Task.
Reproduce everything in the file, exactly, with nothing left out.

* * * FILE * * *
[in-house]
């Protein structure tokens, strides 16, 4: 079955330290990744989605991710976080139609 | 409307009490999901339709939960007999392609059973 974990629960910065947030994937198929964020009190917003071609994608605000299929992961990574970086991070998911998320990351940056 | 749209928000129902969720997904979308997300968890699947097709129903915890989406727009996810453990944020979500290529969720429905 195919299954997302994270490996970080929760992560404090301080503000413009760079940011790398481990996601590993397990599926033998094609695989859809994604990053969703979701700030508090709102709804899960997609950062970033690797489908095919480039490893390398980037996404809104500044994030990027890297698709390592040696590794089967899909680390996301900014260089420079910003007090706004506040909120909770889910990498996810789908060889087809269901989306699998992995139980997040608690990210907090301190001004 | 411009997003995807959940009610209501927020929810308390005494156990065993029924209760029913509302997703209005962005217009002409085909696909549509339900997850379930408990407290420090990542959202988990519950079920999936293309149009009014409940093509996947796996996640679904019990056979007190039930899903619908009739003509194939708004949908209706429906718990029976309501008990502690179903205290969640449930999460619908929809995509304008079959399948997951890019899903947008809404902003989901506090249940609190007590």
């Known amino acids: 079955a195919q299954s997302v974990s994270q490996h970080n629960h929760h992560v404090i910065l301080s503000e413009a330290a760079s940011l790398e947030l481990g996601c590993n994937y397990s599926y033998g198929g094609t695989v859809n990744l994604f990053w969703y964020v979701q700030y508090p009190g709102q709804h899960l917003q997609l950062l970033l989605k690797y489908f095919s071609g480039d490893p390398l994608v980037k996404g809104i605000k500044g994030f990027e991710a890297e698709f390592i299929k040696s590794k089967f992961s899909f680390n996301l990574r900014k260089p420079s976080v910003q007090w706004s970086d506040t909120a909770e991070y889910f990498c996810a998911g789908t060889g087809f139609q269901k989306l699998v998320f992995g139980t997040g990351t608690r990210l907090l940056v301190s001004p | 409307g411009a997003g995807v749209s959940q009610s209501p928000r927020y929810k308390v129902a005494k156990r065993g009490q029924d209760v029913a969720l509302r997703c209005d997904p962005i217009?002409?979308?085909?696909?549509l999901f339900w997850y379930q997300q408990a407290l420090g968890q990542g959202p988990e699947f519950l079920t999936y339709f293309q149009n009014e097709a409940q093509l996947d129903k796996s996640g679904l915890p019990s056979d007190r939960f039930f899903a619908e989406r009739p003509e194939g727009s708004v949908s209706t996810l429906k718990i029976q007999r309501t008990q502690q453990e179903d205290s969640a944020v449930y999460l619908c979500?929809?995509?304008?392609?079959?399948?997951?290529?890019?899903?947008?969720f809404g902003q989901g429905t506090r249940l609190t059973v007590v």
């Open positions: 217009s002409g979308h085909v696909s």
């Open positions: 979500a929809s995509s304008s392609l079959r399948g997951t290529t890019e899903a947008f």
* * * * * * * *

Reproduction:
[in-house]
């Protein structure tokens, strides 16, 4: 079955330290990744989605991710976080139609 | 409307009490999901339709939960007999392609059973 974990629960910065947030994937198929964020009190917003071609994608605000299929992961990574970086991070998911998320990351940056 | 749209928000129902969720997904979308997300968890699947097709129903915890989406727009996810453990944020979500290529969720429905 195919299954997302994270490996970080929760992560404090301080503000413009760079940011790398481990996601590993397990599926033998094609695989859809994604990053969703979701700030508090709102709804899960997609950062970033690797489908095919480039490893390398980037996404809104500044994030990027890297698709390592040696590794089967899909680390996301900014260089420079910003007090706004506040909120909770889910990498996810789908060889087809269901989306699998992995139980997040608690990210907090301190001004 | 411009997003995807959940009610209501927020929810308390005494156990065993029924209760029913509302997703209005962005217009002409085909696909549509339900997850379930408990407290420090990542959202988990519950079920999936293309149009009014409940093509996947796996996640679904019990056979007190039930899903619908009739003509194939708004949908209706429906718990029976309501008990502690179903205290969640449930999460619908929809995509304008079959399948997951890019899903947008809404902003989901506090249940609190007590």
């Known amino acids: 079955a195919q299954s997302v974990s994270q490996h970080n629960h929760h992560v404090i910065l301080s503000e413009a330290a760079s940011l790398e947030l481990g996601c590993n994937y397990s599926y033998g198929g094609t695989v859809n990744l994604f990053w969703y964020v979701q700030y508090p009190g709102q709804h899960l917003q997609l950062l970033l989605k690797y489908f095919s071609g480039d490893p390398l994608v980037k996404g809104i605000k500044g994030f990027e991710a890297e698709f390592i299929k040696s590794k089967f992961s899909f680390n996301l990574r900014k260089p420079s976080v910003q007090w706004s970086d506040t909120a909770e991070y889910f990498c996810a998911g789908t060889g087809f139609q269901k989306l699998v998320f992995g139980t997040g990351t608690r990210l907090l940056v301190s001004p | 409307g411009a997003g995807v749209s959940q009610s209501p928000r927020y929810k308390v129902a005494k156990r065993g009490q029924d209760v029913a969720l509302r997703c209005d997904p962005i217009?002409?979308?085909?696909?549509l999901f339900w997850y379930q997300q408990a407290l420090g968890q990542g959202p988990e699947f519950l079920t999936y339709f293309q149009n009014e097709a409940q093509l996947d129903k796996s996640g679904l915890p019990s056979d007190r939960f039930f899903a619908e989406r009739p003509e194939g727009s708004v949908s209706t996810l429906k718990i029976q007999r309501t008990q502690q453990e179903d205290s969640a944020v449930y999460l619908c979500?929809?995509?304008?392609?079959?399948?997951?290529?890019?899903?947008?969720f809404g902003q989901g429905t506090r249940l609190t059973v007590v």
């Open positions: 217009s002409g979308h085909v696909s």
């Open positions: 979500a929809s995509s304008s392609l079959r399948g997951t290529t890019e899903a947008f």